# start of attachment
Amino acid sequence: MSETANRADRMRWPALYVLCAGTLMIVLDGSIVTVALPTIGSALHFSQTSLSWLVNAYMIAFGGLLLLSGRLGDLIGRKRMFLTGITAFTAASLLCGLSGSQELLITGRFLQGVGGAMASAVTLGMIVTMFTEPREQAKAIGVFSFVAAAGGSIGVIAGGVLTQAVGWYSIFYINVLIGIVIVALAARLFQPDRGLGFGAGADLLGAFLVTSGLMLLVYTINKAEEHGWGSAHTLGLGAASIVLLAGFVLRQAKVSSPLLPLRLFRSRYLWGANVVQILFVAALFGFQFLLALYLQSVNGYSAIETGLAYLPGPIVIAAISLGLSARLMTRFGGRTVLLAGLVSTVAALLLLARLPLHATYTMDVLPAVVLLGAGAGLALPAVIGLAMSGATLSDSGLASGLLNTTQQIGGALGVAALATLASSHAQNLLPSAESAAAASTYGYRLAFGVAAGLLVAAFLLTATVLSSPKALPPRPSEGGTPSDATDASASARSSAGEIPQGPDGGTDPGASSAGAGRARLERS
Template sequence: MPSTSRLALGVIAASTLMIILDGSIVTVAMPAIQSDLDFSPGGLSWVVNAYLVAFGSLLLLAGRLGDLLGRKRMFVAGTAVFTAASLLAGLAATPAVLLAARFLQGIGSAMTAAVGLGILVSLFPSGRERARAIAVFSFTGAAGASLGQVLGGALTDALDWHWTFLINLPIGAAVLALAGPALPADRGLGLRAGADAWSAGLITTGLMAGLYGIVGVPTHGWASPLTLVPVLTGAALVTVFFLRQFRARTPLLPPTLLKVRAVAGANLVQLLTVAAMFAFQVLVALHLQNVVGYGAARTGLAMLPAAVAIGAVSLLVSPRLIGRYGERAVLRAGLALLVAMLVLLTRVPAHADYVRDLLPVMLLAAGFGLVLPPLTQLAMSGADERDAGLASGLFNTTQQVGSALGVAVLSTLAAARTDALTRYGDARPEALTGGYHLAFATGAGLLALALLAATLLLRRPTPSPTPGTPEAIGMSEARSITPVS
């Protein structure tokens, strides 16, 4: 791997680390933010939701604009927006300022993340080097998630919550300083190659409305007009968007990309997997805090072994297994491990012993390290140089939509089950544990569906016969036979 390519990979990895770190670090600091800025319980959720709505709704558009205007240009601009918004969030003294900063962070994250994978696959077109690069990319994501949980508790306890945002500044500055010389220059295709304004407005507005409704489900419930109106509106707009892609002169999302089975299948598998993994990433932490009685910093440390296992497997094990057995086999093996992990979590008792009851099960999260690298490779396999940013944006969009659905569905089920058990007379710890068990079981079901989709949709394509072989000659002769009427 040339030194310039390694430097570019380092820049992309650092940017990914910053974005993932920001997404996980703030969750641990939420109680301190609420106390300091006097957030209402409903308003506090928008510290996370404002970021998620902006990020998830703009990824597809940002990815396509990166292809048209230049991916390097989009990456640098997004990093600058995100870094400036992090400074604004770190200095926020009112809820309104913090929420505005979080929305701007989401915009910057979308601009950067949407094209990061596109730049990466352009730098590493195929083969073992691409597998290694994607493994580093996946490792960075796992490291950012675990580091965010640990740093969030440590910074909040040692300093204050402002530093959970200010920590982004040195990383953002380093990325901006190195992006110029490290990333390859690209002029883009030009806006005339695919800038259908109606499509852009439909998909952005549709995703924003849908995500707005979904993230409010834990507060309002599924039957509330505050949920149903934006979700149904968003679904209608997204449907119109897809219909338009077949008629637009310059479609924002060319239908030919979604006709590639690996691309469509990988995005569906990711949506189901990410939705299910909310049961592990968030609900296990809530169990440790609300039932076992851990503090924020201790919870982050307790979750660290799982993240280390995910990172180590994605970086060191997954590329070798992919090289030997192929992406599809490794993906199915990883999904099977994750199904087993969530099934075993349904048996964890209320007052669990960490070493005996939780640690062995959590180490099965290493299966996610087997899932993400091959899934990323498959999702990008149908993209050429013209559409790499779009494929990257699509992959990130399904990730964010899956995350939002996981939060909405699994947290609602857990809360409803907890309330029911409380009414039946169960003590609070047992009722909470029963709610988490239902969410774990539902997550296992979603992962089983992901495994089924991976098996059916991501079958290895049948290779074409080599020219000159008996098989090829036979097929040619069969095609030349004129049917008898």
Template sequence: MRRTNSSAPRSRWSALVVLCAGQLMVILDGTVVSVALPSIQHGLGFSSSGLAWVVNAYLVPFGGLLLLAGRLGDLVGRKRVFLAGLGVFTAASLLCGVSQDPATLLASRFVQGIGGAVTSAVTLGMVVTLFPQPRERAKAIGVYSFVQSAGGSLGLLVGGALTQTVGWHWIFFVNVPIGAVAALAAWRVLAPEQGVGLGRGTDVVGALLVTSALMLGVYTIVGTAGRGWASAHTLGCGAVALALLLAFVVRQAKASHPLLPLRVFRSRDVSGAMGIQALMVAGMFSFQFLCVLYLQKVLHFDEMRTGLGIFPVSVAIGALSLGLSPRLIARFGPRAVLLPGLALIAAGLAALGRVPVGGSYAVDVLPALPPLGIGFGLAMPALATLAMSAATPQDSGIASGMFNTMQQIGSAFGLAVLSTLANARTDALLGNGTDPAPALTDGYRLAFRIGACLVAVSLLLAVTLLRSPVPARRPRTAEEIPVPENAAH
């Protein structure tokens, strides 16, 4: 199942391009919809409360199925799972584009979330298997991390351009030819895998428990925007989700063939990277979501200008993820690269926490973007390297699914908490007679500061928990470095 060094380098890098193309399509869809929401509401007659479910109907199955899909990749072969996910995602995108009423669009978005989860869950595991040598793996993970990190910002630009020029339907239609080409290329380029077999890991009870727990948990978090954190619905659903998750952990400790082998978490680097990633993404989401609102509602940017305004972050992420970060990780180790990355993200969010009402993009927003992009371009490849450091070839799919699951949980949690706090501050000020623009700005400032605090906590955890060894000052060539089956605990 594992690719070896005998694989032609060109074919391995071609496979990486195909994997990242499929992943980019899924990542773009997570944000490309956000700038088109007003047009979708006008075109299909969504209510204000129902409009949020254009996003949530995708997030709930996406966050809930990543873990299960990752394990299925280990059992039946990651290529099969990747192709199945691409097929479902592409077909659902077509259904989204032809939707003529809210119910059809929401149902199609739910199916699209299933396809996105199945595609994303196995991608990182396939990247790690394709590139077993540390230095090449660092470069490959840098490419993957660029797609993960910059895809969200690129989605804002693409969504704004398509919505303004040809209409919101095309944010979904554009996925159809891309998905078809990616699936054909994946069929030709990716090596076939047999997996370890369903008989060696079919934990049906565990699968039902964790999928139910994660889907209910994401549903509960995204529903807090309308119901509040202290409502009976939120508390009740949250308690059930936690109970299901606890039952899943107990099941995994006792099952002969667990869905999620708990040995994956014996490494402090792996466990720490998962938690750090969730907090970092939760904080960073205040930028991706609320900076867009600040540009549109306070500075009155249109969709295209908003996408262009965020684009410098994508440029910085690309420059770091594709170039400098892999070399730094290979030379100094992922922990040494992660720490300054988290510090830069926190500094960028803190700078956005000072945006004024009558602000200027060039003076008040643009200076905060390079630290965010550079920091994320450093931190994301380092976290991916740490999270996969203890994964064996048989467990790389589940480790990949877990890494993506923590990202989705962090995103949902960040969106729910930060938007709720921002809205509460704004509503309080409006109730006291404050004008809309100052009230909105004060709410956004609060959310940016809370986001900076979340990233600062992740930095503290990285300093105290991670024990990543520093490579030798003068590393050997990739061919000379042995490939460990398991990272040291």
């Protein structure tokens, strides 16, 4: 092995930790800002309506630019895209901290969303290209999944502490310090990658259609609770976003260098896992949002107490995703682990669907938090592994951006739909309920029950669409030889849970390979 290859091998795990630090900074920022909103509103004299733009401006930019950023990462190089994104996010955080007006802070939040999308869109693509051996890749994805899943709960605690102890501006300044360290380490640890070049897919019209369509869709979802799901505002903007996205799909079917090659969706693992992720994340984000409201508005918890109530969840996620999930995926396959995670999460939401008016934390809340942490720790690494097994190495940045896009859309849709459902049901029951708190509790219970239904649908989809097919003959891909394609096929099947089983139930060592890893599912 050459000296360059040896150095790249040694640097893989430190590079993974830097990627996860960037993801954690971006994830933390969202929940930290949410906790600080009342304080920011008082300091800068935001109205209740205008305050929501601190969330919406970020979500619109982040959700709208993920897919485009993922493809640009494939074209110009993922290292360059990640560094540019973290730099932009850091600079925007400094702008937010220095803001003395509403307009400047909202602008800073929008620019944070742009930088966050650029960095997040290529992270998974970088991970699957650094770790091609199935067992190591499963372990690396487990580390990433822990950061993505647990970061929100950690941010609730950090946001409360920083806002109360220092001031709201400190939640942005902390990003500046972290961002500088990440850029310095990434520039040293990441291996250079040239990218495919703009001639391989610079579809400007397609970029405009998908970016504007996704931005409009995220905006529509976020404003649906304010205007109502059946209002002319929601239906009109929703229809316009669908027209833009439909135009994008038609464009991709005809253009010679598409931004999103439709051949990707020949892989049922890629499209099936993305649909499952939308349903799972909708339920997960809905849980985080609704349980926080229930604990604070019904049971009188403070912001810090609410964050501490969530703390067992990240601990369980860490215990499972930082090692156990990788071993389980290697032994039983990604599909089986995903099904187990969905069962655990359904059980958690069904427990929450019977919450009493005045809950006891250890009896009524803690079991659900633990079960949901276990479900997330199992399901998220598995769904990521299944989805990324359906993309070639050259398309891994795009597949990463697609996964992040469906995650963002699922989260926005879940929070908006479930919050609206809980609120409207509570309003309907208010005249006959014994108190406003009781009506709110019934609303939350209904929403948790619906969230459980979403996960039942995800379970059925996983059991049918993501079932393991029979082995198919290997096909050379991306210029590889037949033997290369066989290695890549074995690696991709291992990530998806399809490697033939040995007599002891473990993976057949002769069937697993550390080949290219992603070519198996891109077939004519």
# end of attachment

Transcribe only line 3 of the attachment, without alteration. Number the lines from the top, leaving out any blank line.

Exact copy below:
């Protein structure tokens, strides 16, 4: 791997680390933010939701604009927006300022993340080097998630919550300083190659409305007009968007990309997997805090072994297994491990012993390290140089939509089950544990569906016969036979 390519990979990895770190670090600091800025319980959720709505709704558009205007240009601009918004969030003294900063962070994250994978696959077109690069990319994501949980508790306890945002500044500055010389220059295709304004407005507005409704489900419930109106509106707009892609002169999302089975299948598998993994990433932490009685910093440390296992497997094990057995086999093996992990979590008792009851099960999260690298490779396999940013944006969009659905569905089920058990007379710890068990079981079901989709949709394509072989000659002769009427 040339030194310039390694430097570019380092820049992309650092940017990914910053974005993932920001997404996980703030969750641990939420109680301190609420106390300091006097957030209402409903308003506090928008510290996370404002970021998620902006990020998830703009990824597809940002990815396509990166292809048209230049991916390097989009990456640098997004990093600058995100870094400036992090400074604004770190200095926020009112809820309104913090929420505005979080929305701007989401915009910057979308601009950067949407094209990061596109730049990466352009730098590493195929083969073992691409597998290694994607493994580093996946490792960075796992490291950012675990580091965010640990740093969030440590910074909040040692300093204050402002530093959970200010920590982004040195990383953002380093990325901006190195992006110029490290990333390859690209002029883009030009806006005339695919800038259908109606499509852009439909998909952005549709995703924003849908995500707005979904993230409010834990507060309002599924039957509330505050949920149903934006979700149904968003679904209608997204449907119109897809219909338009077949008629637009310059479609924002060319239908030919979604006709590639690996691309469509990988995005569906990711949506189901990410939705299910909310049961592990968030609900296990809530169990440790609300039932076992851990503090924020201790919870982050307790979750660290799982993240280390995910990172180590994605970086060191997954590329070798992919090289030997192929992406599809490794993906199915990883999904099977994750199904087993969530099934075993349904048996964890209320007052669990960490070493005996939780640690062995959590180490099965290493299966996610087997899932993400091959899934990323498959999702990008149908993209050429013209559409790499779009494929990257699509992959990130399904990730964010899956995350939002996981939060909405699994947290609602857990809360409803907890309330029911409380009414039946169960003590609070047992009722909470029963709610988490239902969410774990539902997550296992979603992962089983992901495994089924991976098996059916991501079958290895049948290779074409080599020219000159008996098989090829036979097929040619069969095609030349004129049917008898």